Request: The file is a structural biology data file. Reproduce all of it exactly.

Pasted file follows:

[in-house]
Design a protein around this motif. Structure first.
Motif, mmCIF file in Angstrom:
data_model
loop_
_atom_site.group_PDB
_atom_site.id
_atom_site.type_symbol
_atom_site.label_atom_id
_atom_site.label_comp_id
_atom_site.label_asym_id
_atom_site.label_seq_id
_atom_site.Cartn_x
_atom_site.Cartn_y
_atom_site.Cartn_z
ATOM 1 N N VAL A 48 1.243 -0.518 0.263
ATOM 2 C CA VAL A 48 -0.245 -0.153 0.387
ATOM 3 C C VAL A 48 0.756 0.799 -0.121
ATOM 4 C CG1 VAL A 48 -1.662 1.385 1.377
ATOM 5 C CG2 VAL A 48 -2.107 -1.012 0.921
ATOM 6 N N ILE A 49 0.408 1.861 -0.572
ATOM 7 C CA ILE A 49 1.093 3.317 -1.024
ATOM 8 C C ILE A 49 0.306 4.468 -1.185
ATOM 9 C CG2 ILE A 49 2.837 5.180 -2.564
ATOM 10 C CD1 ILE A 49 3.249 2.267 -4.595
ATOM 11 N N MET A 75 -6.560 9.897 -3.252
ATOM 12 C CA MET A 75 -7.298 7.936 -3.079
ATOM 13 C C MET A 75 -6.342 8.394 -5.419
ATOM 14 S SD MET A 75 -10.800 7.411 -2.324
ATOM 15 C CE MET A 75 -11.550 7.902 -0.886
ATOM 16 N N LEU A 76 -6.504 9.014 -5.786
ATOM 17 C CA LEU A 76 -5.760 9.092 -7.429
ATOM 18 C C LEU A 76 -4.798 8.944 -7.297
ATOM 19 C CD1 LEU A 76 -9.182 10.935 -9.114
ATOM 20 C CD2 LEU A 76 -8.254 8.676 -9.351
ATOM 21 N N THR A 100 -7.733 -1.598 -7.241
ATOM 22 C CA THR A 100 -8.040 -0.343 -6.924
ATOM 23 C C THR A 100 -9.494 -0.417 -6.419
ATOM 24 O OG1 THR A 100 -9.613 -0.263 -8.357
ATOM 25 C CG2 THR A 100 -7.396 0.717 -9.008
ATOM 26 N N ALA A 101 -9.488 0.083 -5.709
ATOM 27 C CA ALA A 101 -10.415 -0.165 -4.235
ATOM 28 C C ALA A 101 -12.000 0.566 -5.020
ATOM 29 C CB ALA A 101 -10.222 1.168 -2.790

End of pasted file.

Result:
[in-house]
Design a protein around this motif. Structure first.
Motif, mmCIF file in Angstrom:
data_model
loop_
_atom_site.group_PDB
_atom_site.id
_atom_site.type_symbol
_atom_site.label_atom_id
_atom_site.label_comp_id
_atom_site.label_asym_id
_atom_site.label_seq_id
_atom_site.Cartn_x
_atom_site.Cartn_y
_atom_site.Cartn_z
ATOM 1 N N VAL A 48 1.243 -0.518 0.263
ATOM 2 C CA VAL A 48 -0.245 -0.153 0.387
ATOM 3 C C VAL A 48 0.756 0.799 -0.121
ATOM 4 C CG1 VAL A 48 -1.662 1.385 1.377
ATOM 5 C CG2 VAL A 48 -2.107 -1.012 0.921
ATOM 6 N N ILE A 49 0.408 1.861 -0.572
ATOM 7 C CA ILE A 49 1.093 3.317 -1.024
ATOM 8 C C ILE A 49 0.306 4.468 -1.185
ATOM 9 C CG2 ILE A 49 2.837 5.180 -2.564
ATOM 10 C CD1 ILE A 49 3.249 2.267 -4.595
ATOM 11 N N MET A 75 -6.560 9.897 -3.252
ATOM 12 C CA MET A 75 -7.298 7.936 -3.079
ATOM 13 C C MET A 75 -6.342 8.394 -5.419
ATOM 14 S SD MET A 75 -10.800 7.411 -2.324
ATOM 15 C CE MET A 75 -11.550 7.902 -0.886
ATOM 16 N N LEU A 76 -6.504 9.014 -5.786
ATOM 17 C CA LEU A 76 -5.760 9.092 -7.429
ATOM 18 C C LEU A 76 -4.798 8.944 -7.297
ATOM 19 C CD1 LEU A 76 -9.182 10.935 -9.114
ATOM 20 C CD2 LEU A 76 -8.254 8.676 -9.351
ATOM 21 N N THR A 100 -7.733 -1.598 -7.241
ATOM 22 C CA THR A 100 -8.040 -0.343 -6.924
ATOM 23 C C THR A 100 -9.494 -0.417 -6.419
ATOM 24 O OG1 THR A 100 -9.613 -0.263 -8.357
ATOM 25 C CG2 THR A 100 -7.396 0.717 -9.008
ATOM 26 N N ALA A 101 -9.488 0.083 -5.709
ATOM 27 C CA ALA A 101 -10.415 -0.165 -4.235
ATOM 28 C C ALA A 101 -12.000 0.566 -5.020
ATOM 29 C CB ALA A 101 -10.222 1.168 -2.790